February 19th, Delta Kappa Epsilon and its alumni organization announced they would be suing Wesleyan University over a policy they claim is discriminatory. The policy requires all Wesleyan fraternities to admit women as both members and residents. While Delta Kappa Epsilon had been voluntarily taking steps to achieve this goal, the university still revoked their housing program status on the basis that those steps were not “meaningful.”
Whatever Wesleyan’s reasoning, the concerns expressed by the fraternity members, along with their justifications for the ongoing lawsuit, raise serious questions about the university’s policy.
The fraternity’s members have asked: what makes them different? According to the lawsuit, Wesleyan provides a variety of specialized housing options, including the Light House, a Christianity-focused residence; the Turath House, for Arab, Middle Eastern and Muslim students; and the Women of Color House, for those “committed to women of color issues on campus.” From these examples alone, one can see a wide range of interests represented, based on religious, cultural and ethnic identities. Why is an all-male housing program (at least in a Greek-life context) targeted?
The answer to this question can be found in the motivations for the policy: in an attempt to address the issues of sexual assault and safety, the university focused on fraternities. However, even if the policy had been executed fairly and without complaint, the university’s “solution” is both extreme and ill-fitting. The message it sends is clear: fraternities in their traditional form are the problem, and therefore, must be transformed. Wesleyan ascribed sexual assault to the fraternity environment and acted. Would they have acted so broadly and indiscriminately if the issue and the affected organization were different?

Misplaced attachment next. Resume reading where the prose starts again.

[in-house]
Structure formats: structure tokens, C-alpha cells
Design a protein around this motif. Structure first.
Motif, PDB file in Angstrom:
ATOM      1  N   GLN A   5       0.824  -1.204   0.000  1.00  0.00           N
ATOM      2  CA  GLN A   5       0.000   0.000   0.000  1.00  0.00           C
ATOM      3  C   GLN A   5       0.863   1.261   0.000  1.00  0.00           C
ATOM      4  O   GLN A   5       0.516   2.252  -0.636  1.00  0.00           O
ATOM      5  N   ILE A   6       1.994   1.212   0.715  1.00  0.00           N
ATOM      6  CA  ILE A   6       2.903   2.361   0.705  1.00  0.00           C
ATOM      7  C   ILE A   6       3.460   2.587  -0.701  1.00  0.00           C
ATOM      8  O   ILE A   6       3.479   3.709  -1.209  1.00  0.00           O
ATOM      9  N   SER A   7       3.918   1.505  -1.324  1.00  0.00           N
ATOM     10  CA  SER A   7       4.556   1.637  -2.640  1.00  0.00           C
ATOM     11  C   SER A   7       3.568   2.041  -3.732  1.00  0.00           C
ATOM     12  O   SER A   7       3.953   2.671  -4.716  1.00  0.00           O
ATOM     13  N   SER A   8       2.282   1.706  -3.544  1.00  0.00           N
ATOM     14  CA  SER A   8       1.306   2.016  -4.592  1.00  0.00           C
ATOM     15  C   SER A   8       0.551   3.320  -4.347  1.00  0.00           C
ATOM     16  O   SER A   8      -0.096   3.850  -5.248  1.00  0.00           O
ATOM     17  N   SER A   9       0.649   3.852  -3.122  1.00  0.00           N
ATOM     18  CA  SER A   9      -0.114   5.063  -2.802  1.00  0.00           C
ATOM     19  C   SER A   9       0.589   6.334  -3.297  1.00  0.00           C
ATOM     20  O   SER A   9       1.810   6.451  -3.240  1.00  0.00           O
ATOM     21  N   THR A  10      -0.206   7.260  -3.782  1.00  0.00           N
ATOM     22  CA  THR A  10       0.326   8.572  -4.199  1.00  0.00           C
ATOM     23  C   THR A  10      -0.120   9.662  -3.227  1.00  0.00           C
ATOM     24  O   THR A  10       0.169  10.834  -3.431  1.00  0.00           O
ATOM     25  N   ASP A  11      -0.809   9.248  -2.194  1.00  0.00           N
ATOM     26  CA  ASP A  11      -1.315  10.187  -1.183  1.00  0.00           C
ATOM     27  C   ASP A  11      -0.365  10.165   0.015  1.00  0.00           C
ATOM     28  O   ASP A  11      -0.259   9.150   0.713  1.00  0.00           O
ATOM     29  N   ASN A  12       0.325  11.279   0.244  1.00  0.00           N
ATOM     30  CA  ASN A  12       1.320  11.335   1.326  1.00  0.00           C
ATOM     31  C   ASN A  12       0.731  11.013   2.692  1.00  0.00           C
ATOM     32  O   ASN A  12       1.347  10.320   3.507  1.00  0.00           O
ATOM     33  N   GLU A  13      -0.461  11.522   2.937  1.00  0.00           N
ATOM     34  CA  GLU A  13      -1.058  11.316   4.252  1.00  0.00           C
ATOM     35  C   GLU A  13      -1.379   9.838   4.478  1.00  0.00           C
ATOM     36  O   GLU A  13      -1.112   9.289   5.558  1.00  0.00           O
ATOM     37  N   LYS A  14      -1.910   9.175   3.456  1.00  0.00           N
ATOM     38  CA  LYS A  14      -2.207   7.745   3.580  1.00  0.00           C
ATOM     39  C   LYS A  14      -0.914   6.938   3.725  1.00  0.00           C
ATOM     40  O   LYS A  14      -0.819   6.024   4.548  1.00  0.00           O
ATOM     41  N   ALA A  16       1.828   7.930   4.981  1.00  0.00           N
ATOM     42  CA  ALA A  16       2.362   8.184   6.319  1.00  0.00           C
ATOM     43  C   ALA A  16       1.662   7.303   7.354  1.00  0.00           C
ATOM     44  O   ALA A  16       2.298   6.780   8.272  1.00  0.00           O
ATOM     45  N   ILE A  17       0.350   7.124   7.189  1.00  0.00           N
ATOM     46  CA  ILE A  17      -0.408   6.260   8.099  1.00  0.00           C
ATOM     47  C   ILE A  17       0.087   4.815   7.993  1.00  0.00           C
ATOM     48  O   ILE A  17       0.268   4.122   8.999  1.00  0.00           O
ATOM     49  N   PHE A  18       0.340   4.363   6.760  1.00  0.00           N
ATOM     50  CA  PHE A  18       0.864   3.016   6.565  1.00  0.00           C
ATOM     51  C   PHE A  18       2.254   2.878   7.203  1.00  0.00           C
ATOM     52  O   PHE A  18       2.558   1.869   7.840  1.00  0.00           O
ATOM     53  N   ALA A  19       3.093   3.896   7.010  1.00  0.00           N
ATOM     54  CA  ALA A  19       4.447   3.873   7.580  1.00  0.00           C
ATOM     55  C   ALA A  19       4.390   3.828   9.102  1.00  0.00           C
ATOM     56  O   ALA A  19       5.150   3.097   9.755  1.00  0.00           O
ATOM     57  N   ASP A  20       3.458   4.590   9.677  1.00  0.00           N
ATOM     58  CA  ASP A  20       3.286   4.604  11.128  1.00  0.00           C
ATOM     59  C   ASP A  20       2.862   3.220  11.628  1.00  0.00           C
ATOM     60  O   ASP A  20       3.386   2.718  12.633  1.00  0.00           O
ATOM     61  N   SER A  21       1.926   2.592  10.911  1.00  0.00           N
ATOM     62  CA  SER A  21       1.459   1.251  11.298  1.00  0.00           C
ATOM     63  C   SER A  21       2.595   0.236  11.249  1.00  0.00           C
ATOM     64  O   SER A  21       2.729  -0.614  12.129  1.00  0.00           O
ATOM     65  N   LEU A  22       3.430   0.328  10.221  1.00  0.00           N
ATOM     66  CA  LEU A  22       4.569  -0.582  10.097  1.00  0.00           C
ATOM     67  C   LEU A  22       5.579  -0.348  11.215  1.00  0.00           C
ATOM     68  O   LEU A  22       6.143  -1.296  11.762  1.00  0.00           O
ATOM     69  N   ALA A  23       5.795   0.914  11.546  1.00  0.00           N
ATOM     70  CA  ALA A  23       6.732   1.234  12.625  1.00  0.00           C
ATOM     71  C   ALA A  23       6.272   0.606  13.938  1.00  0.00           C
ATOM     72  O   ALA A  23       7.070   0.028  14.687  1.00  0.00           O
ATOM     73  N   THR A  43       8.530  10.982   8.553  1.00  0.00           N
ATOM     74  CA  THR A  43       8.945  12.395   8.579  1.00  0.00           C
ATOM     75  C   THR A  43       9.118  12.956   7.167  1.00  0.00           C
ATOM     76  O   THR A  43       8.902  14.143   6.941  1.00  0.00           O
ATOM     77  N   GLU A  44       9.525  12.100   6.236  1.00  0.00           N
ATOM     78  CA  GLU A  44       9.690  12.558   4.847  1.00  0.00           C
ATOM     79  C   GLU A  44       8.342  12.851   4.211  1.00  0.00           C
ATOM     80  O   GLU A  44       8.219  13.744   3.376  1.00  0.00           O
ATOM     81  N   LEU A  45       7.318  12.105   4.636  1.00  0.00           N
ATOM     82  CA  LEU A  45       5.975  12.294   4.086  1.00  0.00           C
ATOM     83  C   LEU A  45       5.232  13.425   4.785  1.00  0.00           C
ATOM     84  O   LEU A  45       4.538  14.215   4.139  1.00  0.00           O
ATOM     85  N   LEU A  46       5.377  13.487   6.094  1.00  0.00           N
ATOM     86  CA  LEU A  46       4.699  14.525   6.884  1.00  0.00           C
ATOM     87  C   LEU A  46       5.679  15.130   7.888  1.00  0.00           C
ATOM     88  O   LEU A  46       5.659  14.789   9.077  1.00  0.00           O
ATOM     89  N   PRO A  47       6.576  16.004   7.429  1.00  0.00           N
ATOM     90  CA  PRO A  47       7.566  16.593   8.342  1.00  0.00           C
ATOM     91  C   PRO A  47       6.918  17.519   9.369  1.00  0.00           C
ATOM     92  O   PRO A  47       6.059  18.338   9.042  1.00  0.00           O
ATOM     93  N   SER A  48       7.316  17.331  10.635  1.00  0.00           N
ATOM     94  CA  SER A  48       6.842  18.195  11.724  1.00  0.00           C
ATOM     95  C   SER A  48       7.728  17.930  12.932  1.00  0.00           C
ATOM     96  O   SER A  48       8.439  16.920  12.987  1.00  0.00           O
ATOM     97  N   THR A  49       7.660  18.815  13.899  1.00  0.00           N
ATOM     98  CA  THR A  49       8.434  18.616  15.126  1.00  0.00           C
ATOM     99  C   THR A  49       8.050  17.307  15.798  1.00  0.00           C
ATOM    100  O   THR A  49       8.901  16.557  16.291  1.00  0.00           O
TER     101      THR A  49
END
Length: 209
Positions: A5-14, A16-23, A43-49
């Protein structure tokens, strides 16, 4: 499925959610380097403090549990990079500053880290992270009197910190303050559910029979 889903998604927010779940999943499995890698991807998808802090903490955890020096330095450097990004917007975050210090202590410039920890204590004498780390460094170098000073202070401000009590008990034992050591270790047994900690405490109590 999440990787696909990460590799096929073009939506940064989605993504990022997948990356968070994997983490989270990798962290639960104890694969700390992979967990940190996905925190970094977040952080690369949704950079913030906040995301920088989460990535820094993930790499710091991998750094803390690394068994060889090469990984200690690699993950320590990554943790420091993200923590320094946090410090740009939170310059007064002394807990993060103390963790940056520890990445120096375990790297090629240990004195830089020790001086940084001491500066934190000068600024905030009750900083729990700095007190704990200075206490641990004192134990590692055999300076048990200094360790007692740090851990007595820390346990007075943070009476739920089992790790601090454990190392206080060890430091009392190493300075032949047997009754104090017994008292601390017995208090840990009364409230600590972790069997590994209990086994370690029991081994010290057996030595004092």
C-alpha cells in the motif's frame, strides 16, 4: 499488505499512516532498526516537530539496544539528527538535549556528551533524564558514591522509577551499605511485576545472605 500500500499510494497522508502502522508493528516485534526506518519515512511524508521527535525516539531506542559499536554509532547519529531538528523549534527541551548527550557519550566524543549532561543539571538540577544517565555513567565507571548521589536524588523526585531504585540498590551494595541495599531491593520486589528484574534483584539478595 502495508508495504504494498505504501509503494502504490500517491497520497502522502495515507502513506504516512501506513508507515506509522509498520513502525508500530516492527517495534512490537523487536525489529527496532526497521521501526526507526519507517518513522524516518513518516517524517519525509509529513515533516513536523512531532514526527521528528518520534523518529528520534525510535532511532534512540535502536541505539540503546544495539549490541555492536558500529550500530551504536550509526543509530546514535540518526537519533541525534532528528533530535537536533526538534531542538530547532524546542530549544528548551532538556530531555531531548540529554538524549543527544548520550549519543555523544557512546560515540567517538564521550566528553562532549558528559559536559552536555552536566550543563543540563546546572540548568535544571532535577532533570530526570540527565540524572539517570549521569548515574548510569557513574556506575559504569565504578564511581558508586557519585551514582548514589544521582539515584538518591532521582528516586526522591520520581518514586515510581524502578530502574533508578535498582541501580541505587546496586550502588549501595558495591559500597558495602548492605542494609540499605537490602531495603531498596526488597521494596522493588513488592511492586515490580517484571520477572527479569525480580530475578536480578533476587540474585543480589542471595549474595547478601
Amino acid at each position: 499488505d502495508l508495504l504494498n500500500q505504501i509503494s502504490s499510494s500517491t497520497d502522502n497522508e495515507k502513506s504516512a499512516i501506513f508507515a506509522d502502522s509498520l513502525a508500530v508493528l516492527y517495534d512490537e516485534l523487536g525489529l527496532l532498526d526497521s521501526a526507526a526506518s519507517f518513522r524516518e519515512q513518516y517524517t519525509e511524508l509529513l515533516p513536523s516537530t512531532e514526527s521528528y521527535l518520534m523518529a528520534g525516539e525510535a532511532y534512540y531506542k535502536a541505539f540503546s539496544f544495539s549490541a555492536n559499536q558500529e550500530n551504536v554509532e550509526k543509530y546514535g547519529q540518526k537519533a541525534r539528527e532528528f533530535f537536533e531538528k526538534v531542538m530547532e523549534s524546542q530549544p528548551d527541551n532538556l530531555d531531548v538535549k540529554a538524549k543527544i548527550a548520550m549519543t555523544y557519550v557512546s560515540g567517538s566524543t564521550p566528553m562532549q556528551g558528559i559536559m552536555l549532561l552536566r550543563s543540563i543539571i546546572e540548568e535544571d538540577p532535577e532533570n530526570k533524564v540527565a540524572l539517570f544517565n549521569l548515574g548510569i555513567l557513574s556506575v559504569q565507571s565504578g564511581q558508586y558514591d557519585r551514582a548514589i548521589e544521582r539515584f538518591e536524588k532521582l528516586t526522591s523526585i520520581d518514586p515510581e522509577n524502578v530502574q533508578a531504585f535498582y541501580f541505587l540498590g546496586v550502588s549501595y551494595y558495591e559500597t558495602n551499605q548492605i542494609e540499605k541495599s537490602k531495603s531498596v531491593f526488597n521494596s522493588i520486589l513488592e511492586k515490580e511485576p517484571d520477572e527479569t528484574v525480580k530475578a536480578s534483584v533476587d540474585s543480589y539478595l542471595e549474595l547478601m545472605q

More importantly, if the fraternity wins the lawsuit, Wesleyan may lose more than their policy — they may lose an originally willing partner in its fight for student safety. What organization would want to work with their university when it’s clear the university equates fraternities with sexual assault?
This isn’t the first time this issue has arisen. At the University of Virginia, after the lodging of a horrific, yet since debunked, accusation of gang rape against members of a fraternity there, strict new guidelines were imposed for fraternity parties, and sorority members were barred from fraternity events by their national chapters. Both attempts at combatting sexual assault were met with complaints similar to the ones at issue here — that they treat the presumed innocent as guilty, paint with far too broad a brush and create divisions where there could be dialogue. If universities really want to tackle the issue of sexual assault on campus, they need to work with Greek organizations in good faith, not against them based on stereotypes and the passions of the moment.
Email Isabel Larroca at [email protected]